Harry Truman had a difficult decision to make. It is not something that he, nor anyone else, enjoyed, but found it was out of necessity.  Sometimes diplomacy just doesn't work.  Japan had laid a swath of destruction through China and the South Pacific.  It wasn't going to end. There was no other choice to be made.  
We can live in our ivory towers and pretend that all people are basically good and just want peace.  But that is not reality.  One only needs to look to history to see that, and even now, how there are still dictators out there destroying their own people, because they can.  

Monday, September 12, 2016

I'm Weird


I was looking at my YouTube last night and saw that there was a collection of trailers for Miss Peregrine's House for Peculiar Children.  I read all of these books and loved them, so I am excited for this movie to come out!  I enjoyed them so much because I was a peculiar child.  Although I had no superpowers like they did, I was weird, and am still.  I am part of the minority.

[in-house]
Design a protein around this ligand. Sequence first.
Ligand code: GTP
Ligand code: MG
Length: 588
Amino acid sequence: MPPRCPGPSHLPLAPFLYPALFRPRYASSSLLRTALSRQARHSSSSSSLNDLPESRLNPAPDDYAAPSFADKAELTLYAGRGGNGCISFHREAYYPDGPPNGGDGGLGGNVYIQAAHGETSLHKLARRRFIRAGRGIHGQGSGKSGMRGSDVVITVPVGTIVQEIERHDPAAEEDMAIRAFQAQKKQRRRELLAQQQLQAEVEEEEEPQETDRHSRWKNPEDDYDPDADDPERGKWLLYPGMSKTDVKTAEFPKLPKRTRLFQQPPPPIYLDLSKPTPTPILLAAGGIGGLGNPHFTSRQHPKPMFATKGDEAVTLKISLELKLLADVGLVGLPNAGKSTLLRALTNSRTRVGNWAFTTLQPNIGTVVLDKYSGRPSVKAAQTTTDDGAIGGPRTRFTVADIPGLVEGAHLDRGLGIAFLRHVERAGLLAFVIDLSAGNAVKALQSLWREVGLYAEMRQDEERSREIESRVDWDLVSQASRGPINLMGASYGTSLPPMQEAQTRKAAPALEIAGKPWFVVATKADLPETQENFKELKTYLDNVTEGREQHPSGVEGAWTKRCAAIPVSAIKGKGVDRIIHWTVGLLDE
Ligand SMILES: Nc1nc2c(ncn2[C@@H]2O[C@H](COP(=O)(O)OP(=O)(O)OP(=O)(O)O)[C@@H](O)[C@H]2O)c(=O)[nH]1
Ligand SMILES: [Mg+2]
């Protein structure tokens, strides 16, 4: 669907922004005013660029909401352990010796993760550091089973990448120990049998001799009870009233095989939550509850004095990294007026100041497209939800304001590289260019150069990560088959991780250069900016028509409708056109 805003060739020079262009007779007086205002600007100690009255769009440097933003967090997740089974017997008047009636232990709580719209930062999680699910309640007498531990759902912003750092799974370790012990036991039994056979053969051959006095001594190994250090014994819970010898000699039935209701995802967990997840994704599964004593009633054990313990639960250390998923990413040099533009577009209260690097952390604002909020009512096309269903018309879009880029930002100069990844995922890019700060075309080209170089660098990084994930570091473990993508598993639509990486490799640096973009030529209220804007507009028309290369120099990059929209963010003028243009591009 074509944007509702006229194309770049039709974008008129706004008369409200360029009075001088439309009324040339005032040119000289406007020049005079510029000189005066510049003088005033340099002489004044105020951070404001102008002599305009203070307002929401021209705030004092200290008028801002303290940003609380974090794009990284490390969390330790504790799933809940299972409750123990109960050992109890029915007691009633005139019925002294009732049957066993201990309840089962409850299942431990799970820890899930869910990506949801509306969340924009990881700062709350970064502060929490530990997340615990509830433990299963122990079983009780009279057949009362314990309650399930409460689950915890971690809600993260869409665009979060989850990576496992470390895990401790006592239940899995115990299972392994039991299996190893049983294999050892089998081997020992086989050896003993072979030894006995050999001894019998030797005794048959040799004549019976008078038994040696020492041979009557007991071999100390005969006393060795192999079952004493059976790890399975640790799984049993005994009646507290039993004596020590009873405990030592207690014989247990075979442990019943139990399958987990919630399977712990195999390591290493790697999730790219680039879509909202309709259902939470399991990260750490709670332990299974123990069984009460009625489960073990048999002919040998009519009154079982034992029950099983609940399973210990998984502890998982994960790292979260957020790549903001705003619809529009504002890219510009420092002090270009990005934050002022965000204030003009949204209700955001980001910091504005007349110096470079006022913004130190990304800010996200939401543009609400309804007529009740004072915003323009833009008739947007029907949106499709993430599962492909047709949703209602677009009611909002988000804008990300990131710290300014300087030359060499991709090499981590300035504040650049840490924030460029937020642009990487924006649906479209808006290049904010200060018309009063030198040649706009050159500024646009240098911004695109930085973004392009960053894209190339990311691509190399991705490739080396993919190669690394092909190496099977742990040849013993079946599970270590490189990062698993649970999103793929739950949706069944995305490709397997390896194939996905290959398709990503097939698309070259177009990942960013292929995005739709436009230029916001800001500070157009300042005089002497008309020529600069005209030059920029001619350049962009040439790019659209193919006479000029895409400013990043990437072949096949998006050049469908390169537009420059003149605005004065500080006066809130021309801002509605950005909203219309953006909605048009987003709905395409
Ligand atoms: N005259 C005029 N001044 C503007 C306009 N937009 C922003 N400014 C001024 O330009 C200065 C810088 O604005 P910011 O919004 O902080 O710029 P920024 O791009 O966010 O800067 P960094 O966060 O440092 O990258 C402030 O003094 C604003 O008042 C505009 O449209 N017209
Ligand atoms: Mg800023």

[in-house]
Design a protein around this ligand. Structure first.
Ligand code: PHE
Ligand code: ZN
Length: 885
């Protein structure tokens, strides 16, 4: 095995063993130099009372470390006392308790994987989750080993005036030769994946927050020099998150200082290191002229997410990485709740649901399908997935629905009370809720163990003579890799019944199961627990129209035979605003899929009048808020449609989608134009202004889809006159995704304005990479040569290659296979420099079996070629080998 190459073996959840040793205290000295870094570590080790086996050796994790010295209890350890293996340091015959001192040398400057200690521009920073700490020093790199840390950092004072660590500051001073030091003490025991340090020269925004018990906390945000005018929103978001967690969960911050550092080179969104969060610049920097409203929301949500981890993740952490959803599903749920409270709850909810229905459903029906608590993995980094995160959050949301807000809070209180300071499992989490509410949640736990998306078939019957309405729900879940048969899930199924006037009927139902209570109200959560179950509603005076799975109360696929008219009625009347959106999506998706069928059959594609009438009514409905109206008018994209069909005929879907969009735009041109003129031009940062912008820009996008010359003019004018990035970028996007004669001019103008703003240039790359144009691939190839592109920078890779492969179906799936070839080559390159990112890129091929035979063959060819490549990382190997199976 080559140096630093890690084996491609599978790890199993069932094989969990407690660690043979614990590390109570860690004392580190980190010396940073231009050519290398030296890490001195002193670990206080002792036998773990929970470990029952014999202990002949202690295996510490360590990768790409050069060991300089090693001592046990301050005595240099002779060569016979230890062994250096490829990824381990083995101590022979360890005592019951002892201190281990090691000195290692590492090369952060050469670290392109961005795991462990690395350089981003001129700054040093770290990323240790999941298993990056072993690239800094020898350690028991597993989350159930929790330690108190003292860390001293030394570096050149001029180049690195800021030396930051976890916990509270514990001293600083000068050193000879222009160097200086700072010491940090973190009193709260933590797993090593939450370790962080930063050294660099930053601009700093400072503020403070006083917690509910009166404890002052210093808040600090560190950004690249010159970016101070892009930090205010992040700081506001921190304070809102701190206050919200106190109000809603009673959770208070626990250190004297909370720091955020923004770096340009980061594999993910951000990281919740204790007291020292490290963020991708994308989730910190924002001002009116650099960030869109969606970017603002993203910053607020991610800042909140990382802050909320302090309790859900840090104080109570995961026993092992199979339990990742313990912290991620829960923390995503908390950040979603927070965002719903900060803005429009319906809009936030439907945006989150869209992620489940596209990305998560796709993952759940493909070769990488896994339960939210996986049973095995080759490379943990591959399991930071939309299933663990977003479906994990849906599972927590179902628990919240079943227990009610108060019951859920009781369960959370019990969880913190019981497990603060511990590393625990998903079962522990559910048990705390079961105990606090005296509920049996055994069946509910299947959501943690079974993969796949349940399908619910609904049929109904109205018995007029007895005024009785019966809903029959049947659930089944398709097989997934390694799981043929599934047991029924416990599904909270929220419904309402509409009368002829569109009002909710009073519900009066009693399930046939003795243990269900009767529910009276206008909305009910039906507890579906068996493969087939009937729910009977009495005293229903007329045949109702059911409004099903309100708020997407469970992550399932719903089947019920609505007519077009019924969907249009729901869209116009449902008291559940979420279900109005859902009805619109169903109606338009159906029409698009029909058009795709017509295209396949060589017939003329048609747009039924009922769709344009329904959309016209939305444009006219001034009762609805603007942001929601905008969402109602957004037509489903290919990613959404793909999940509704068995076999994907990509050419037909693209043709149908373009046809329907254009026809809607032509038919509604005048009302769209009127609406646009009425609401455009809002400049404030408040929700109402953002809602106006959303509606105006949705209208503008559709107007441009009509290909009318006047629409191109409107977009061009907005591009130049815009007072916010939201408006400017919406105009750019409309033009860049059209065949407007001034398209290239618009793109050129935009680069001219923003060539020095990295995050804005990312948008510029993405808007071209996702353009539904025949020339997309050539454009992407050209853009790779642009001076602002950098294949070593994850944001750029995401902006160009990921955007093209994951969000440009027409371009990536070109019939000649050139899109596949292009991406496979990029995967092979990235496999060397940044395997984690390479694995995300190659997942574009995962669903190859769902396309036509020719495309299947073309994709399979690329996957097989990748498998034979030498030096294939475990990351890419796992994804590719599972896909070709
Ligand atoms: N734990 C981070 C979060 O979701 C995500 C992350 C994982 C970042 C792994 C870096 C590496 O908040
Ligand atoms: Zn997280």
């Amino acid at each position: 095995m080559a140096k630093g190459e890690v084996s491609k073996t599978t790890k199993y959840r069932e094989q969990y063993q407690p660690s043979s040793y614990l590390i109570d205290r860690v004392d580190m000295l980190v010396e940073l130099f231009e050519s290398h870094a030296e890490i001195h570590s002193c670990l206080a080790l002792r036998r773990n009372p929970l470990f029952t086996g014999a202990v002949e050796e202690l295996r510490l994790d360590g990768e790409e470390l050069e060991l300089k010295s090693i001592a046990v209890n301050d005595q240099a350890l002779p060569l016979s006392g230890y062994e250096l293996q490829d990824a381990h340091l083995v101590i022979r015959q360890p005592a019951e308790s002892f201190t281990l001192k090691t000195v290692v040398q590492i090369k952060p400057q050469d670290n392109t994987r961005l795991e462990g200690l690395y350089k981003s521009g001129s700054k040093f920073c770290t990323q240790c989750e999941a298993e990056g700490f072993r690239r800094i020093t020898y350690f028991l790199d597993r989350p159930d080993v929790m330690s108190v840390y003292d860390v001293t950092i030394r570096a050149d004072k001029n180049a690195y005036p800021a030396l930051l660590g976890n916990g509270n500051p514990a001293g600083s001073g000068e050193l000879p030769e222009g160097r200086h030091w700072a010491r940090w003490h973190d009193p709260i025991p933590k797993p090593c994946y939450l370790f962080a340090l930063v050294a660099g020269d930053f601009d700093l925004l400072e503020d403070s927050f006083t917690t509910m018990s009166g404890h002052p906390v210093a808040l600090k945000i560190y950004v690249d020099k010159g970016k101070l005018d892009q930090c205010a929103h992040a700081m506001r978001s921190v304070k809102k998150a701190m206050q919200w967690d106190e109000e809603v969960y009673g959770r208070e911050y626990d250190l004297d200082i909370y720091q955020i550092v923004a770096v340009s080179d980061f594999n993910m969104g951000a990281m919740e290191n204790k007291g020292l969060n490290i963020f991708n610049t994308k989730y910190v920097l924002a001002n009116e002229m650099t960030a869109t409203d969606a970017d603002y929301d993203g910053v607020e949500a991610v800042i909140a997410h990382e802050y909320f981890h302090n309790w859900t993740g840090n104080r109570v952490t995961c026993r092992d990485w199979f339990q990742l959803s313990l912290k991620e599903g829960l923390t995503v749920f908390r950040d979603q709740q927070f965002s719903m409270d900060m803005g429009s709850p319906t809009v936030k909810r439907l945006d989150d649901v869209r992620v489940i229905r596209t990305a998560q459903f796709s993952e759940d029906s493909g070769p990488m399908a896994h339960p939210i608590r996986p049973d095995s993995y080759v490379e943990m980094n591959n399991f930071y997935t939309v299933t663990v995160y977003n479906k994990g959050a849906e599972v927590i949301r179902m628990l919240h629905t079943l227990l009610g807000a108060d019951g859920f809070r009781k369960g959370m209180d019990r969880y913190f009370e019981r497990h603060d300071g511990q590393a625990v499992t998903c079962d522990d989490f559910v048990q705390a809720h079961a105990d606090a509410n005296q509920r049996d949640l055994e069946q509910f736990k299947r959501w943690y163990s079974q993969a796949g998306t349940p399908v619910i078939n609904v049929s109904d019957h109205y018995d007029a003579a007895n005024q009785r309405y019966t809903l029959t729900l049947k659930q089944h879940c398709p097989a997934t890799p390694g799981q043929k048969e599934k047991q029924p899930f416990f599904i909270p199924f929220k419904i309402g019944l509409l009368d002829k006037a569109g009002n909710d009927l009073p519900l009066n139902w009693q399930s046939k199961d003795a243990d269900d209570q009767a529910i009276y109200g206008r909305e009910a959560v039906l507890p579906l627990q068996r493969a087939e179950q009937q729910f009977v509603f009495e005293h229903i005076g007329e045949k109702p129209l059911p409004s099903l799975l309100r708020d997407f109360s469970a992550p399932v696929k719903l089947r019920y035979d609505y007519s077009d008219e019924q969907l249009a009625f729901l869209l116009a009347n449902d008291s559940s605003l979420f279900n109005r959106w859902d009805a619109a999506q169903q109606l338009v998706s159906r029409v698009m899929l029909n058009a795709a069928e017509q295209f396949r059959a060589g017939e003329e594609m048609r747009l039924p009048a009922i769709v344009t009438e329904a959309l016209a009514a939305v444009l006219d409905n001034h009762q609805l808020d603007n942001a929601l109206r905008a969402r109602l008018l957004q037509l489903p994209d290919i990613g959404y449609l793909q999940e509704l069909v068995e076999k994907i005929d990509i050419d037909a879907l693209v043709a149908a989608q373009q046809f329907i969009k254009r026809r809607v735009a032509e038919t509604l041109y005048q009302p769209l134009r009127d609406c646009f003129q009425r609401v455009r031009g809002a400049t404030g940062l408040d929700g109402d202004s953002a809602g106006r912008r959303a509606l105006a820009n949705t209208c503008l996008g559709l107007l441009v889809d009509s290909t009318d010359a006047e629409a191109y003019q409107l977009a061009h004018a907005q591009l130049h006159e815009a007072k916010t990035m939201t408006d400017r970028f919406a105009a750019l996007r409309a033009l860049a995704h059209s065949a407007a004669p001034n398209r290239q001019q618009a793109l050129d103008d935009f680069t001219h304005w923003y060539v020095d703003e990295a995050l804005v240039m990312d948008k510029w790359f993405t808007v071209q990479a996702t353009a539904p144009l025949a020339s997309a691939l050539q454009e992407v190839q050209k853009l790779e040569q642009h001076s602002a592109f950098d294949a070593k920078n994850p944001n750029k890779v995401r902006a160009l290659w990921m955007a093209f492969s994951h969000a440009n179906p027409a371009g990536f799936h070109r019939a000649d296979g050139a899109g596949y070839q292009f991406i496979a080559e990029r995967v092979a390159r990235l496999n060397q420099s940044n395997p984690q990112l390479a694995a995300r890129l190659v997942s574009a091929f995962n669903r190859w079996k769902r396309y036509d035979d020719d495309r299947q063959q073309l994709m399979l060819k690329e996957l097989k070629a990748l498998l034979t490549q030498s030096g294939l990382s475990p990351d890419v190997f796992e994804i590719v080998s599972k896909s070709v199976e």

I am single and childless, and never been asked on a date, unless you count the homeless guy.  I don't have to work, but I want a career.  I live in an apartment, for I don't have the desire, time, or money to own my own home.  I am over educated and underemployed (OK, I guess that's pretty common these days). I was born with a rare genetic disorder.  I have anxiety and depression (that's not so weird either).  I know a lot of trivia crap.  I like to say I know a lot about a little and a little about a lot.  I'm not a girly girl, but hate sports.  I am a clean and organized freak.  I am an introvert.  I love healthy food and hate junk food.  I have IBS but not constipation.  I collect Barbies.  I hate romantic books and movies. I love Star Wars and Justice League.  I am a creature of habit.